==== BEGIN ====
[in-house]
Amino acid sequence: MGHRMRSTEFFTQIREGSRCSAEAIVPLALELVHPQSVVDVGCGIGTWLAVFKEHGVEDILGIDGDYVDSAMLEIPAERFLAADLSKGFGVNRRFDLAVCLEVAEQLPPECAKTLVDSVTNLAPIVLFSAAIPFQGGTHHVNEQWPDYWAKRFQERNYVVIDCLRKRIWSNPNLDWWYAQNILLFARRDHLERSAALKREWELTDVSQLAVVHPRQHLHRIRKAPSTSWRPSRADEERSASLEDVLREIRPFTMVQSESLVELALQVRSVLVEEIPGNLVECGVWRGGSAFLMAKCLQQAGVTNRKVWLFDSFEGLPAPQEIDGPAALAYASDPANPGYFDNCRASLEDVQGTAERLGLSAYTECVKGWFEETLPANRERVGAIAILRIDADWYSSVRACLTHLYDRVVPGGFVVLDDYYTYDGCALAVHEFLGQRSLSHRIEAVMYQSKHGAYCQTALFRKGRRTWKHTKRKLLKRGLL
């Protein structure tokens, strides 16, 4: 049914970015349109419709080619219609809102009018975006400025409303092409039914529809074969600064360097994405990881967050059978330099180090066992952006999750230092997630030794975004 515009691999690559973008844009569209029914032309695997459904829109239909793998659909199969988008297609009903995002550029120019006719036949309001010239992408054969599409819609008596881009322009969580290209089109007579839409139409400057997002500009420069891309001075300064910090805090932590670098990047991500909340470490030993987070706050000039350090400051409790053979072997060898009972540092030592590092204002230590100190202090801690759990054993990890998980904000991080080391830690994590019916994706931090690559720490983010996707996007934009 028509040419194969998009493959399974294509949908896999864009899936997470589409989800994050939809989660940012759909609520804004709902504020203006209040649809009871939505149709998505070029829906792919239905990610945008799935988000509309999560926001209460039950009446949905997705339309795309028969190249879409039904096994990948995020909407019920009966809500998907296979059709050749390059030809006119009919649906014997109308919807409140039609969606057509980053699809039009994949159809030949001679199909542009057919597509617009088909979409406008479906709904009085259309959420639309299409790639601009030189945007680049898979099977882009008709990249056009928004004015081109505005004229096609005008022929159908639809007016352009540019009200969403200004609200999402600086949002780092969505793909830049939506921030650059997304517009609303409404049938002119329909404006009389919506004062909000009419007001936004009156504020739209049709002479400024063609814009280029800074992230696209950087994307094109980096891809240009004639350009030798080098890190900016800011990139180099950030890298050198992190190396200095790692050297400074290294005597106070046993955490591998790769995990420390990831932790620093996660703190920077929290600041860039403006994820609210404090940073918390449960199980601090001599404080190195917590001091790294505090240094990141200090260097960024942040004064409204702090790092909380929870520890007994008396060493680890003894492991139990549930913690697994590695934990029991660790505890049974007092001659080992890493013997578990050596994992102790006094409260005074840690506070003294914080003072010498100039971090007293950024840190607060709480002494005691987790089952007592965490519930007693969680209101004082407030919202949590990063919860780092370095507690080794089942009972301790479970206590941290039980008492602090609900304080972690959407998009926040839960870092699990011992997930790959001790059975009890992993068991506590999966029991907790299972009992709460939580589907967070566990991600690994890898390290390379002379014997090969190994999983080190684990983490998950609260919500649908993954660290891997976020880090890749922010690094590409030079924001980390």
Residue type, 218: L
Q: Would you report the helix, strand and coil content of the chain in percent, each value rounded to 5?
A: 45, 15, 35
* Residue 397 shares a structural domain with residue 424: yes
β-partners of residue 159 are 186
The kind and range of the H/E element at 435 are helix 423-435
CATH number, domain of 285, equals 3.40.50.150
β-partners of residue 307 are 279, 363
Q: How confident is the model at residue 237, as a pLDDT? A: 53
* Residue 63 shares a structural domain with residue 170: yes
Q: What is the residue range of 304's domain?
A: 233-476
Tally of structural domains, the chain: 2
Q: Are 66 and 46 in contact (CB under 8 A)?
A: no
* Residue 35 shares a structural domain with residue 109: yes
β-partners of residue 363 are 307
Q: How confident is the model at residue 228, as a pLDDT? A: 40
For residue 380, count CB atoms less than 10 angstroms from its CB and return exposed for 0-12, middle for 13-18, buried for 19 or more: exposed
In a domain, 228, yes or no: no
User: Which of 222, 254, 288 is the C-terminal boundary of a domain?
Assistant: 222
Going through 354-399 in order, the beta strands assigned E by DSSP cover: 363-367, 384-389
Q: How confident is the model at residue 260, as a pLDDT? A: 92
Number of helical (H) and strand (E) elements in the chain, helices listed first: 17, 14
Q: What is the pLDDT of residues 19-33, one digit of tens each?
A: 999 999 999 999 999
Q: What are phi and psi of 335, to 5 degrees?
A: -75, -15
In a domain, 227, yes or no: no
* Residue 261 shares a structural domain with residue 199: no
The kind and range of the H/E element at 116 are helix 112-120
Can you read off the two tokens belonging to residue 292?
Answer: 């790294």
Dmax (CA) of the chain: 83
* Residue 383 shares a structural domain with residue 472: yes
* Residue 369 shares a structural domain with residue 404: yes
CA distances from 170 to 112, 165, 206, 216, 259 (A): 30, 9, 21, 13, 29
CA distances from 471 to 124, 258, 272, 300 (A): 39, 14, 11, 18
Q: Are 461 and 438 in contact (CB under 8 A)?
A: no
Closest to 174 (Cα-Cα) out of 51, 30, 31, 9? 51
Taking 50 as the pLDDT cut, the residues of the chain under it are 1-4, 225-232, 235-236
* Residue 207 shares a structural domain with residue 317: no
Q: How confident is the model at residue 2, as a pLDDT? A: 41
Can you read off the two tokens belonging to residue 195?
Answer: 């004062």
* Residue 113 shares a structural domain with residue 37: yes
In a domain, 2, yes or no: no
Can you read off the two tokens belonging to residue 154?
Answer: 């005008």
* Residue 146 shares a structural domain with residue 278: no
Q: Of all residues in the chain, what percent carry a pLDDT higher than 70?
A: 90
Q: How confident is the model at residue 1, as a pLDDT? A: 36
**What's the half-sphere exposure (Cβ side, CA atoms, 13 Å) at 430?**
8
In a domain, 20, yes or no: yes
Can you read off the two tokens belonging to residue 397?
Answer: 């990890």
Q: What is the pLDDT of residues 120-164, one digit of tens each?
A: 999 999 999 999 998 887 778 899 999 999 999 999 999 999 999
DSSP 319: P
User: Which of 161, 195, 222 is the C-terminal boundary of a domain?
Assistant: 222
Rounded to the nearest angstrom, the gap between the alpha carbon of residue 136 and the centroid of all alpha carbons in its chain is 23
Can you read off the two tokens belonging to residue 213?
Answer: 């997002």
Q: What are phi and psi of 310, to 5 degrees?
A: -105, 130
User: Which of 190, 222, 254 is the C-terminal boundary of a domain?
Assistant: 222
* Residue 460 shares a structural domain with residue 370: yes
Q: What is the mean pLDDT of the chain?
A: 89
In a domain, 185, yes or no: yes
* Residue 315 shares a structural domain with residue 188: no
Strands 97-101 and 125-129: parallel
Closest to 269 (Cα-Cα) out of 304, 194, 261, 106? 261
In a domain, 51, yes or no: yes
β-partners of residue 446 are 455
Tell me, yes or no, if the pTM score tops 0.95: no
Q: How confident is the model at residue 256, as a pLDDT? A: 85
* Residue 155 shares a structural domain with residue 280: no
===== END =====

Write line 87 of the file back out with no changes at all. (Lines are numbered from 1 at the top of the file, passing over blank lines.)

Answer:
* Residue 155 shares a structural domain with residue 280: no